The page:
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The FW de Klerk Foundation writes regular articles on topical issues, supports language and cultural rights and participates in the national debate on racial and cultural issues. The Foundation also promotes communication by holding conferences and workshops.

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The FW de Klerk Foundation welcomes media reports that eThekwini Mayor Zandile Gumede appeared in the Durban Specialised Commercial Crime Court today, relating to charges of fraud and corruption concerning eThekwini Municipality. Ms Gumede apparently handed herself over to the Directorate for Priority Crime Investigation (Hawks), to avoid arrest and appeared in Court to face the charges. 

This signals one of the first dominoes to fall in answering for the alleged looting of State funds, and all eyes will be on the court case.

According to a statement by the Hawks of 13 May 2019, Mayor Gumede is part of a larger group who were arrested following an investigation by the Hawks’ National Clean Audit Task Team (NCATT) into eThekwini Municipality. The investigation centred around allegations of fraud and corruption relating to a R208 million Durban Solid Waste tender. 


Democratic South Africa’s sixth general election has come and gone. Before reflecting on and interpreting the results, it is necessary to pause and consider the process that unfolded and brought us to this point. According to section 190 of the Constitution, the Electoral Commission must “manage elections... in accordance with national legislation; ensure that those elections are free and fair; and declare the results of those elections within a period that ... is as short as reasonably possible”. 

There was, therefore, a huge amount of preparation done for the 2019 National and Provincial Elections. During that time the Independent Electoral Commission (IEC) was also mandated by the Constitutional Court to ensure that every eligible voter had a correct home address - a task that they had not yet completed by Election Day. Concerns were registered beforehand about the IEC’s capacity and its budget. Concerns had also been raised about the number of voters who had registered. Despite the IEC’s best efforts, only 27 million of the 36 million eligible voters registered. A further concern was the low rate of youth registration, especially in the category 18 to 36 years.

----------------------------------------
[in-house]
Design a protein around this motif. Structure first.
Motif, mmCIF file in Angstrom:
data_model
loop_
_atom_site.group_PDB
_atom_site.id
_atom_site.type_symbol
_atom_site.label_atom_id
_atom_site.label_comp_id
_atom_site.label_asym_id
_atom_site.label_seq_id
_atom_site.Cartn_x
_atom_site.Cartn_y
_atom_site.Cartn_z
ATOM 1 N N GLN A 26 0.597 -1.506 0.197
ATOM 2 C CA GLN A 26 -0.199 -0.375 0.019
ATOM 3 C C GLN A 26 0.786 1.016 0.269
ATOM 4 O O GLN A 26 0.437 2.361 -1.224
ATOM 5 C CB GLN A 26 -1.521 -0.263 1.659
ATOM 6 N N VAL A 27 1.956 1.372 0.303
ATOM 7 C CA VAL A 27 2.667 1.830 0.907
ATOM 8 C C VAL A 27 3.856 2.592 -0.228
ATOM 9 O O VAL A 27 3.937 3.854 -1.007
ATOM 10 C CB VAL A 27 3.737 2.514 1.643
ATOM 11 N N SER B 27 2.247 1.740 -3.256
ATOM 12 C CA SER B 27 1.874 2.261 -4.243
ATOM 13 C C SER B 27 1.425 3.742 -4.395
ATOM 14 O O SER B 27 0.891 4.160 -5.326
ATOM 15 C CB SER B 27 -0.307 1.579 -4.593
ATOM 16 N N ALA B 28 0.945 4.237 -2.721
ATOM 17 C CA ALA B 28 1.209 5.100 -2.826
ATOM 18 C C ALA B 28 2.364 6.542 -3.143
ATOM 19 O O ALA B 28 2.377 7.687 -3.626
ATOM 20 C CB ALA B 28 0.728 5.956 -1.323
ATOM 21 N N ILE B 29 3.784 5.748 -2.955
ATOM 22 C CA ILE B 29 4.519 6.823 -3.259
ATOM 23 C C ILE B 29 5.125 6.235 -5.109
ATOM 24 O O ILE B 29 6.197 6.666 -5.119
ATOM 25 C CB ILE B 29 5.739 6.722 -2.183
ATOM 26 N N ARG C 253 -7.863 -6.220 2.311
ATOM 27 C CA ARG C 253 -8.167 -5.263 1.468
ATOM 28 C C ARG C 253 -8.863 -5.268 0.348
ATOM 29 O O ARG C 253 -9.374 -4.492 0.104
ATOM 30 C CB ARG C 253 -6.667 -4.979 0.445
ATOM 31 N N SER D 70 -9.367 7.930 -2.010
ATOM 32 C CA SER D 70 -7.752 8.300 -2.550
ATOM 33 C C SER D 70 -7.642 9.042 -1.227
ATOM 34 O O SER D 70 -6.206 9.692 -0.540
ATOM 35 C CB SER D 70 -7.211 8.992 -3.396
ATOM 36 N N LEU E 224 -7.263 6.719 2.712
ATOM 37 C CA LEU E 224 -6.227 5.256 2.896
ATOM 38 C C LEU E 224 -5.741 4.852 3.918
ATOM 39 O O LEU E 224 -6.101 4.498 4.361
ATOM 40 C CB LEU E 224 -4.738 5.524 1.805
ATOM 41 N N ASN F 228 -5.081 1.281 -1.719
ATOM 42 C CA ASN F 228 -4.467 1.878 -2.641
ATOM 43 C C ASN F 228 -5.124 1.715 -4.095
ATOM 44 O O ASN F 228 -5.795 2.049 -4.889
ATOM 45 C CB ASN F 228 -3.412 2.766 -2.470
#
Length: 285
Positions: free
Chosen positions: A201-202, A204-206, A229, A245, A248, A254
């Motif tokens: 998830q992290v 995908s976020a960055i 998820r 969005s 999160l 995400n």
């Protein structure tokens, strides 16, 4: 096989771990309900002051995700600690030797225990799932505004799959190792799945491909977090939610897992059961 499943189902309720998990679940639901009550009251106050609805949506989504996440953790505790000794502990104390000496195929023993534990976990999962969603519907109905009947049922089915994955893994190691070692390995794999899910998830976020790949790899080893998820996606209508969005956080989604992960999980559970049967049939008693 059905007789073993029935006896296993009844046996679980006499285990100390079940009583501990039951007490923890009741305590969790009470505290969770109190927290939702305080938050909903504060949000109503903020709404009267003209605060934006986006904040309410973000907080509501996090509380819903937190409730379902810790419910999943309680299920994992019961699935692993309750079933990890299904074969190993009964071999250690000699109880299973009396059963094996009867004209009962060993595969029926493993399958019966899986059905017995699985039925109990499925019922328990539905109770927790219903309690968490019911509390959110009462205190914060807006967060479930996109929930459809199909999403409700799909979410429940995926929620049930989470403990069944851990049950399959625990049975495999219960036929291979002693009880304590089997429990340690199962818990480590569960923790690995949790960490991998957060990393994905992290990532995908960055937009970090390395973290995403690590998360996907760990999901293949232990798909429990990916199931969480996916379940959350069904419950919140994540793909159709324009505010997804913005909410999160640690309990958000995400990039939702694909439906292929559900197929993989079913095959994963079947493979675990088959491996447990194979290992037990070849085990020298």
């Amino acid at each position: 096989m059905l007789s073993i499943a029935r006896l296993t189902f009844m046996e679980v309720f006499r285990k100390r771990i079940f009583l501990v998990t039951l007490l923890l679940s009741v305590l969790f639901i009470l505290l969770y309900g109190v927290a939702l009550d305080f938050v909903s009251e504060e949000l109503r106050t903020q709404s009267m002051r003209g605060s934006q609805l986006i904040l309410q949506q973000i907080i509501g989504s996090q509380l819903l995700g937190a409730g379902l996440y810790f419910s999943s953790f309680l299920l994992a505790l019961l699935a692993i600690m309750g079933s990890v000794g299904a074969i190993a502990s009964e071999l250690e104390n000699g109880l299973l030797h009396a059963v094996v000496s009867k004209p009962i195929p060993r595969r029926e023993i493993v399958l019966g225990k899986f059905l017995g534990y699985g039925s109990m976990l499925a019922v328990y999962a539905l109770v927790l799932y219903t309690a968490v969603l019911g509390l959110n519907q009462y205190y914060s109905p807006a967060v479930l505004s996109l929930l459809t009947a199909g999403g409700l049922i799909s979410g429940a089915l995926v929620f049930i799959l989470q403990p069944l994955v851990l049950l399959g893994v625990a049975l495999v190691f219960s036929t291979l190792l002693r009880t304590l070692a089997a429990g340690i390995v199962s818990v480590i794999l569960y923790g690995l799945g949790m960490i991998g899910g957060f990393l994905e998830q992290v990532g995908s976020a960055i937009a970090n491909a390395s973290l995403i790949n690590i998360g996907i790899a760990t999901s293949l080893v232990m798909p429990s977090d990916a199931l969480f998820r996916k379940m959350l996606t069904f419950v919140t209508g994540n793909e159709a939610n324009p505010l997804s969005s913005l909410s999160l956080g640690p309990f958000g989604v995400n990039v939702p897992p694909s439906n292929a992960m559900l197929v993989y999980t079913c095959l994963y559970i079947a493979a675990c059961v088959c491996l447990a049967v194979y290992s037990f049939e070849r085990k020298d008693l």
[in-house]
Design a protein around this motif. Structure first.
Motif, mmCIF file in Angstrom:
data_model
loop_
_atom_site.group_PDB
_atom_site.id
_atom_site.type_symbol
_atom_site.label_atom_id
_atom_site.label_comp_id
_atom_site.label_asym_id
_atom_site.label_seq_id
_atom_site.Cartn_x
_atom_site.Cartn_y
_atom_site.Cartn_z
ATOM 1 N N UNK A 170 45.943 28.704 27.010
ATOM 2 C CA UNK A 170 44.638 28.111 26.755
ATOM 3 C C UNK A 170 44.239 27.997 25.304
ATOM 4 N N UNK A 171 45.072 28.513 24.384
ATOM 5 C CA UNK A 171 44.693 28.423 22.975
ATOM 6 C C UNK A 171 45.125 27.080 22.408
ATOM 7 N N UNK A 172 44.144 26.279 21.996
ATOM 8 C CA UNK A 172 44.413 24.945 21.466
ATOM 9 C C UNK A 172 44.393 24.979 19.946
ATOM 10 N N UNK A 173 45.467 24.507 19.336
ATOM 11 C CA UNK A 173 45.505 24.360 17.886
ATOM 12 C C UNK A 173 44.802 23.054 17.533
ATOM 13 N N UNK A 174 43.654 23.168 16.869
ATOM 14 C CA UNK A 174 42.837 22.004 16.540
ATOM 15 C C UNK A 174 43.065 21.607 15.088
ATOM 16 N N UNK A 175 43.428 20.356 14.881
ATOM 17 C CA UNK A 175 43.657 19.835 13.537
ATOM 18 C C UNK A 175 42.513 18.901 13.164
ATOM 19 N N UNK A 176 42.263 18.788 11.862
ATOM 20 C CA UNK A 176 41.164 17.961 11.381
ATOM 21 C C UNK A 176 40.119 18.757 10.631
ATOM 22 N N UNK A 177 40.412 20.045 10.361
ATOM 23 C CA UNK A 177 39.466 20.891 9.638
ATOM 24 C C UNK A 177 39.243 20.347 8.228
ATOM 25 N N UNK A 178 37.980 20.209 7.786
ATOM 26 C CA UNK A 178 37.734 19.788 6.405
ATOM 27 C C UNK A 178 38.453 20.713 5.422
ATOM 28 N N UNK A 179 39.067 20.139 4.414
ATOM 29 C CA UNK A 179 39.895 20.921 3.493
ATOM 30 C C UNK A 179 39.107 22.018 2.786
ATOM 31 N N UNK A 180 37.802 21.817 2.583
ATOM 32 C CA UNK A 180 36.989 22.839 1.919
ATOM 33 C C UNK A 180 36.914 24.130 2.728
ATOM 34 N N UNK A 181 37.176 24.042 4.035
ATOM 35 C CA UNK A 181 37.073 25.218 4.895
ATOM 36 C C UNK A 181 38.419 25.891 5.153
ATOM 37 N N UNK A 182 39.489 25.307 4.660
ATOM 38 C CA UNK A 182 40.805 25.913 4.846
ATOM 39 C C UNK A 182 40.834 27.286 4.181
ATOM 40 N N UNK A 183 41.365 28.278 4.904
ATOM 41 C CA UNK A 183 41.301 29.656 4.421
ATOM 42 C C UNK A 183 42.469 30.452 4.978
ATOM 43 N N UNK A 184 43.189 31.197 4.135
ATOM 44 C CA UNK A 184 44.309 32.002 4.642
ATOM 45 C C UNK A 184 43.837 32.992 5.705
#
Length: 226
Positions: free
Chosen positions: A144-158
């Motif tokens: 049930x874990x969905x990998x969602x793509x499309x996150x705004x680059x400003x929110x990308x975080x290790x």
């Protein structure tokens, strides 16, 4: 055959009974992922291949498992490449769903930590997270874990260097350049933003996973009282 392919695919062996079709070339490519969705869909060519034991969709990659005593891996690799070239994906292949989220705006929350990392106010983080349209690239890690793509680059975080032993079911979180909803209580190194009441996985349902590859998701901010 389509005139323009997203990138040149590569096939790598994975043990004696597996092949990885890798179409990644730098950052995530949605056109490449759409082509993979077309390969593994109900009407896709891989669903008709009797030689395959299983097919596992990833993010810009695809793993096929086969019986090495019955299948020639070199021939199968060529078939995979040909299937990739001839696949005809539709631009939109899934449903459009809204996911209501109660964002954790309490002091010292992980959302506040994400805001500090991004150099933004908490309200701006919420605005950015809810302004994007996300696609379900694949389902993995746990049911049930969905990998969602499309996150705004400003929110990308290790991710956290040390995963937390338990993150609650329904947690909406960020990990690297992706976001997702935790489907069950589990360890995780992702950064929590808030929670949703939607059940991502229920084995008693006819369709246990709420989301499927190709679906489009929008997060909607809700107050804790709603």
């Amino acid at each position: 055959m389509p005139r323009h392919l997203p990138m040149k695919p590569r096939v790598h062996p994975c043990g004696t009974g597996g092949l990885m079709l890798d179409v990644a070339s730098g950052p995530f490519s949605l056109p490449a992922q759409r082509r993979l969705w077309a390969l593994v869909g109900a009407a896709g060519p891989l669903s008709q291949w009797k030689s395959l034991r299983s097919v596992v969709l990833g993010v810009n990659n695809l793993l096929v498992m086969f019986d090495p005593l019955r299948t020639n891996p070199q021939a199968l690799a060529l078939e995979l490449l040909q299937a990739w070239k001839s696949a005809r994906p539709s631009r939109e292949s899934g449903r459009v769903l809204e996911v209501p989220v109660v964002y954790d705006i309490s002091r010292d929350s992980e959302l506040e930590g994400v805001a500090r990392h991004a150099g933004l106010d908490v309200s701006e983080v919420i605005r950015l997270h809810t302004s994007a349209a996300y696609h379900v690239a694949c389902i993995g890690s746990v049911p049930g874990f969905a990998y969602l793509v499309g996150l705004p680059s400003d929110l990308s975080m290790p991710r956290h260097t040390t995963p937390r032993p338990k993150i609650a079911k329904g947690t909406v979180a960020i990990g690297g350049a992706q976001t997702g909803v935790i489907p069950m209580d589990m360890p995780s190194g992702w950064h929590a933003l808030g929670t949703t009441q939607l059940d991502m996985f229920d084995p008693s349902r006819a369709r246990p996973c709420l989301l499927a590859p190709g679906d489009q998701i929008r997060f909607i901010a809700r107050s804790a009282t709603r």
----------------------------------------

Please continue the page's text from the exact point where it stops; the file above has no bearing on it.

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It is generally accepted that, after a period of intense political and social turmoil, South Africans are generally somewhat despondent, negative and bewildered. It is not necessary to further expand upon this - the daily dose of the latest state-capture scandal, road and flood deaths are well-known.

However, a general election doesn't come every year. And with just two days before the election, the question is: what does one do from now until Wednesday and how does one approach the polling station on May 8, 2019? The correct answer is not, “nothing special”. Or, “I'm not going to vote”, or “I don't know who to vote for”.

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The Board of Trustees of the FW de Klerk Foundation wishes to appoint a suitably-qualified person to take over as head of the Foundation, with effect from 1 June 2019 (or as soon as possible thereafter). This is a full-time, Cape Town-based position.